“The amount of interventions required combined with the cost of human labour means we are going to require low cost, robust farm robots to provide these interventions. “So if we want to make best use of what is currently going on with sensors and analytics, then we must use robots. So I suppose I personally see them as an inevitability given the current road the agriculture industry is on.”
Farmers are sceptical but excited
Technologies are being developed at a fast pace, maybe even faster than farmers can embrace them. But David says farmers are excited and sceptical about new technology. David states: “I think farmers are sceptical of new technology because of the amount of snake oil out there, like NDVI based crop analytics, rather than pace of development. “I’ve yet to meet a farmer who isn’t excited to use a new technology that demonstrably works. Most farmers I know are extremely progressive. “If a technology is a good technology, then it should be cheaper and easier to use than what it’s replacing as well as being better.” Using the facial recognition technology developed by Cainthus has great potential for farmers as the first customers are discovering. “We’ve installed on two farms currently, and yes, they actively use it. A 5% increase in feed efficiency is worth a lot to a dairy farmer, and we can contribute quite a bit more than that simply by letting you know when the cows stop feeding, enabling you to intervene earlier than otherwise possible.
“I think livestock is more readily applicable for robotics as you’re not asking these farmers to replace existing machines with robots, except for milking robots. With tillage, you’re asking a farmer to abandon the tractor or harvester, which is much harder.”
Mixed farms by 2050
It’s anyone’s guess what a livestock farm will look like by 2050, but David thinks farms will become more a mixed enterprise in the future. “I don’t think that there will purely be livestock farms by 2050. Farms will more likely be mixed, using agro-ecology style systems with many different crops and livestock. “For a farmer to operate in this environment they’ll need to be extremely comfortable with data, statistics, and robots as well as being ecological experts. “When I think of a 2050 farm, I struggle to see beyond it being one farmer and machines. But this is true of many industries by 2050. The best of farmers will run far larger farms than today, only involving themselves when the machines are damaged or confused and need some human assistance. “Think of Matthew McConaughey in Interstellar, except without the monocultures! Consumers are often naive when it comes to how a modern farm is managed, and also often have negative associations with robotics on a farm. It may be a tough learning curve to educate a farmer in new technology but how do we get consumers onside?" Hunt explains.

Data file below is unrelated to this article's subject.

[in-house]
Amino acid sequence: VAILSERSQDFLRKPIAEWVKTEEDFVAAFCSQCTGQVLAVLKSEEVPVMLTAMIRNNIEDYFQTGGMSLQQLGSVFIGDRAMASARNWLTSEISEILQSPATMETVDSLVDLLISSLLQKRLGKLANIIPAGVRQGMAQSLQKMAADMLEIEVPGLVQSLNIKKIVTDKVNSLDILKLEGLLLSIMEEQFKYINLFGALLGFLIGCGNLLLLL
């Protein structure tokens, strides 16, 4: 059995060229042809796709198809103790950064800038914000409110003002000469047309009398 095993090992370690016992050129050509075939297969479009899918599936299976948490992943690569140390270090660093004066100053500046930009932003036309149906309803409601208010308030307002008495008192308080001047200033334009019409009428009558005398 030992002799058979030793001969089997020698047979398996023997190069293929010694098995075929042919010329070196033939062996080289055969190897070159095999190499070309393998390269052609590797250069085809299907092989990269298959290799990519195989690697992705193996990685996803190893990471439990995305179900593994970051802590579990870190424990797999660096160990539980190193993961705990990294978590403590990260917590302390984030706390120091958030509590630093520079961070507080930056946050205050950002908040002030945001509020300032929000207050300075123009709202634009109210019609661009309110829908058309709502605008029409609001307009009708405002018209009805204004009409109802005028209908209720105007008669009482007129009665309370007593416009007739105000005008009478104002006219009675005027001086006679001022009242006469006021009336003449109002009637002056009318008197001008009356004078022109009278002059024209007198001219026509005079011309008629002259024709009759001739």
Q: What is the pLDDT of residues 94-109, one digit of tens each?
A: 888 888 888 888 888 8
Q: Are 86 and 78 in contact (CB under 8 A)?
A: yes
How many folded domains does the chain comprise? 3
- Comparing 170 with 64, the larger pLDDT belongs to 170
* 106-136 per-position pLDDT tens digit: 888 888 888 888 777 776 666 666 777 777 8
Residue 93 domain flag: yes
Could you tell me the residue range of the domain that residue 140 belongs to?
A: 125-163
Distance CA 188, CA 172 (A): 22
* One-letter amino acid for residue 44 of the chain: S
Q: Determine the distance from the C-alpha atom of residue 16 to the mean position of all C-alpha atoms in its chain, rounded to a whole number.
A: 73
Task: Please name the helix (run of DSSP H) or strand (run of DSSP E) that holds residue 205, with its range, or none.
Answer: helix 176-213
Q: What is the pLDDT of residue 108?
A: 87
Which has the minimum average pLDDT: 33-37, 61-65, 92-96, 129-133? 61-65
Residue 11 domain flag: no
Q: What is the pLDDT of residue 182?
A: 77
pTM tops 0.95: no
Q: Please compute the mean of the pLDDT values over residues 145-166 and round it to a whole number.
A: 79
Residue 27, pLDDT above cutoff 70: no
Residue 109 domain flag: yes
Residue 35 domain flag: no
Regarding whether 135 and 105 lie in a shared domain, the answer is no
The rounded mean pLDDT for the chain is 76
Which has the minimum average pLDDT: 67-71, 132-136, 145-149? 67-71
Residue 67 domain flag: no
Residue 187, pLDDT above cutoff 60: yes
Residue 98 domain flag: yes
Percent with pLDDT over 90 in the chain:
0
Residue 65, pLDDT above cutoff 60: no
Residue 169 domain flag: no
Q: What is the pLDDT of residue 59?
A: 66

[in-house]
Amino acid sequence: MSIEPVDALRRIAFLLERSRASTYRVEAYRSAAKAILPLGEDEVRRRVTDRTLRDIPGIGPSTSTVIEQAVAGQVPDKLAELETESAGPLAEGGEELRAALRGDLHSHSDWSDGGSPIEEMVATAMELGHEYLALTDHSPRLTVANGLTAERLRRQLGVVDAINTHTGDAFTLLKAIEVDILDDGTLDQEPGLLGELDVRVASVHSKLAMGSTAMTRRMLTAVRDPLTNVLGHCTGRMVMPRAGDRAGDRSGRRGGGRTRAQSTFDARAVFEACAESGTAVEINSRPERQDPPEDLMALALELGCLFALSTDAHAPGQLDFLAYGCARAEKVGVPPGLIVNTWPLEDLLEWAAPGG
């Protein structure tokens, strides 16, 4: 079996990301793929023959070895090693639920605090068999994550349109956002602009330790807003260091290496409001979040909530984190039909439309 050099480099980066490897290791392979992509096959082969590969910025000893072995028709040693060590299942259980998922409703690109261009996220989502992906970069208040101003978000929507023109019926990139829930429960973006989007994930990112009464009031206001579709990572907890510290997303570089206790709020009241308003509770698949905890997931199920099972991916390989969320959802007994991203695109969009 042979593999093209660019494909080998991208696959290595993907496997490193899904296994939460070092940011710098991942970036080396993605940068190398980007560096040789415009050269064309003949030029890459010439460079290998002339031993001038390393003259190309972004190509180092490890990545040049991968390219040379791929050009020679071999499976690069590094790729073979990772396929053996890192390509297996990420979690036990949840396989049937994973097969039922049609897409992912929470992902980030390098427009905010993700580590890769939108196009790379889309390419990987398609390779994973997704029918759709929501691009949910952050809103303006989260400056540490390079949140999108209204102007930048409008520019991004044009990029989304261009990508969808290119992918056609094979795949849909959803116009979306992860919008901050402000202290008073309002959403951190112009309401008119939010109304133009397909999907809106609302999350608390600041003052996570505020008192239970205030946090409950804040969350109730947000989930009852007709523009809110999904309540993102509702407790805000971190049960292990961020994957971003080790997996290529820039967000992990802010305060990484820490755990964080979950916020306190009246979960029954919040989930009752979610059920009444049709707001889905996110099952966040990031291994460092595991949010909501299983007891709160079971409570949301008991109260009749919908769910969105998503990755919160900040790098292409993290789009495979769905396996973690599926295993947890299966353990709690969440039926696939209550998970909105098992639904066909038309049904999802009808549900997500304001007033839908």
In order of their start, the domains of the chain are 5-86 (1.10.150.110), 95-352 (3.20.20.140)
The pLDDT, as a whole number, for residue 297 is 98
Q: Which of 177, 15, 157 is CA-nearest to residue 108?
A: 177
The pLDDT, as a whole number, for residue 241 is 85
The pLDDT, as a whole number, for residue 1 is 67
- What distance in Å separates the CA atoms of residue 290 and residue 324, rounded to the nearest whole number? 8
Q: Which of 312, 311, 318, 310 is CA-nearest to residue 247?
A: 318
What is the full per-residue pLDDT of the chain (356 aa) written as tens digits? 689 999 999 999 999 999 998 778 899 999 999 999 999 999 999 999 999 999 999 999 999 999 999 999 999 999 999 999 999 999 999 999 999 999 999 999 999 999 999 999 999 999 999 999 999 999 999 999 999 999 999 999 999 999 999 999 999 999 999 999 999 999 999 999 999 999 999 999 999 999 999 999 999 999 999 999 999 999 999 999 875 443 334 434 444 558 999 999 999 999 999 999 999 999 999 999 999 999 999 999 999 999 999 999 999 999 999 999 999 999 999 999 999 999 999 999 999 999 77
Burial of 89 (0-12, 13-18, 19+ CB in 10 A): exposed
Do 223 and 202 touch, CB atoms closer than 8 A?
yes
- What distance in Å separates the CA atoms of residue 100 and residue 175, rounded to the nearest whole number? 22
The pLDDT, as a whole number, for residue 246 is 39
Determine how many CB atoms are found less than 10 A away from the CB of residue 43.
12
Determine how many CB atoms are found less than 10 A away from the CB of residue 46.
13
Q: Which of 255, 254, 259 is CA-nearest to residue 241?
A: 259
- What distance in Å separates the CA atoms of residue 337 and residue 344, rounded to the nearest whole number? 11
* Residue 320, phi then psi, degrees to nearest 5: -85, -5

Robots are a good thing
Hunt is not sure if he can agree that consumers have negative associations with farm robotics. He has never seen or heard of this before. “Consumer naivety related to farming seems to centre on the misguided belief that livestock farming is cruel and that small farms are more environmentally friendly. So I don’t believe that any work is needed to let consumers know that robots are a good thing as I think most believe that anyway. But it is important to let them know just how much more environmentally and animal friendly farms can be if they further leverage robotics.
“It’s a pretty straightforward narrative, robotics enable individual animal and plant management on a large scale. The minute something goes wrong, the robots intervene far more rapidly an efficiently than a human could ever hope to, which is better for the animals' welfare,” he concludes.